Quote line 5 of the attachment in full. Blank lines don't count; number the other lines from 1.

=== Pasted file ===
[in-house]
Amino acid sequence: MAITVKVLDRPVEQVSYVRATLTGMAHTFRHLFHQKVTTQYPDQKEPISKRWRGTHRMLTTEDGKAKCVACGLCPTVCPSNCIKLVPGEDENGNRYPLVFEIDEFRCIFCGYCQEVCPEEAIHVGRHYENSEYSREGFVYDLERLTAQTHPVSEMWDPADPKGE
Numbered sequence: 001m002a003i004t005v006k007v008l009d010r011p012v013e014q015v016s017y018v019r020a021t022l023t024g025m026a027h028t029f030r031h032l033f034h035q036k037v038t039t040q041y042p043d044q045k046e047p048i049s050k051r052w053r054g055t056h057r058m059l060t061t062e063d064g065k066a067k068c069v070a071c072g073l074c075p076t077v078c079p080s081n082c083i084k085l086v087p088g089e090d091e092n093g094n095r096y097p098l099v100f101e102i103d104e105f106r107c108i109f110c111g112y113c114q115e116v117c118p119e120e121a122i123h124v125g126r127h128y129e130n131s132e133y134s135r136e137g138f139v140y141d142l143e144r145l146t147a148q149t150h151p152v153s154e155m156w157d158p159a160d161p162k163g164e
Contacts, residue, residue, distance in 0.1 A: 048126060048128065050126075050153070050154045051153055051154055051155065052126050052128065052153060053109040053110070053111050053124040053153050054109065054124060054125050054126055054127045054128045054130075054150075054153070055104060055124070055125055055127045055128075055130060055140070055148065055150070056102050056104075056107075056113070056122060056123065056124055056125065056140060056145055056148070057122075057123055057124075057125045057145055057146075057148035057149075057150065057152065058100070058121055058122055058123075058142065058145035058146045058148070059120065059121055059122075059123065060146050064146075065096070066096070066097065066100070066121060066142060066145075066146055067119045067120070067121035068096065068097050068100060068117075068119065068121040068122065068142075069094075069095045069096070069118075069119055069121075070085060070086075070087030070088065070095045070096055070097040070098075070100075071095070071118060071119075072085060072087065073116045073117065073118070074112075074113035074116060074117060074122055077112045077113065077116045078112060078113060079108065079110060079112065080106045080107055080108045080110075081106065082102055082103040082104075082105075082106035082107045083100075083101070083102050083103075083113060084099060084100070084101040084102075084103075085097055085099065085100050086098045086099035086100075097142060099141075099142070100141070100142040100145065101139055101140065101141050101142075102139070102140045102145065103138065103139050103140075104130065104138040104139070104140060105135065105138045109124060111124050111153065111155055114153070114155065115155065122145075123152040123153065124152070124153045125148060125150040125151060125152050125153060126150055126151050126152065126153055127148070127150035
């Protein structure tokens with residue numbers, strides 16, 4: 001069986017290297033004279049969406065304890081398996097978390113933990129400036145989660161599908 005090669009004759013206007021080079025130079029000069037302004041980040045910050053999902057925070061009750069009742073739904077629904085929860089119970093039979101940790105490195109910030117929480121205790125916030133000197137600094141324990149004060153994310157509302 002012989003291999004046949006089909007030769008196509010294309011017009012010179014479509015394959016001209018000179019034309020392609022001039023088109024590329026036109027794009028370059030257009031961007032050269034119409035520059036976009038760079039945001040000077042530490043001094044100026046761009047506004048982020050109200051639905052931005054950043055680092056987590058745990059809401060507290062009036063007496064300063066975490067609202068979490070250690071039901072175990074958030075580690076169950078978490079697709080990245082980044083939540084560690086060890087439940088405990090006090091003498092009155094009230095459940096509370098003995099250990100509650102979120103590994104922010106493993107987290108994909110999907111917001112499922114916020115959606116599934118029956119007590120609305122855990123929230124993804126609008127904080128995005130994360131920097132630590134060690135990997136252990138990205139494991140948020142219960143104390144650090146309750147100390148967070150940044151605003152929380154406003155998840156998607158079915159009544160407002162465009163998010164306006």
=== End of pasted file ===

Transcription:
């Protein structure tokens with residue numbers, strides 16, 4: 001069986017290297033004279049969406065304890081398996097978390113933990129400036145989660161599908 005090669009004759013206007021080079025130079029000069037302004041980040045910050053999902057925070061009750069009742073739904077629904085929860089119970093039979101940790105490195109910030117929480121205790125916030133000197137600094141324990149004060153994310157509302 002012989003291999004046949006089909007030769008196509010294309011017009012010179014479509015394959016001209018000179019034309020392609022001039023088109024590329026036109027794009028370059030257009031961007032050269034119409035520059036976009038760079039945001040000077042530490043001094044100026046761009047506004048982020050109200051639905052931005054950043055680092056987590058745990059809401060507290062009036063007496064300063066975490067609202068979490070250690071039901072175990074958030075580690076169950078978490079697709080990245082980044083939540084560690086060890087439940088405990090006090091003498092009155094009230095459940096509370098003995099250990100509650102979120103590994104922010106493993107987290108994909110999907111917001112499922114916020115959606116599934118029956119007590120609305122855990123929230124993804126609008127904080128995005130994360131920097132630590134060690135990997136252990138990205139494991140948020142219960143104390144650090146309750147100390148967070150940044151605003152929380154406003155998840156998607158079915159009544160407002162465009163998010164306006």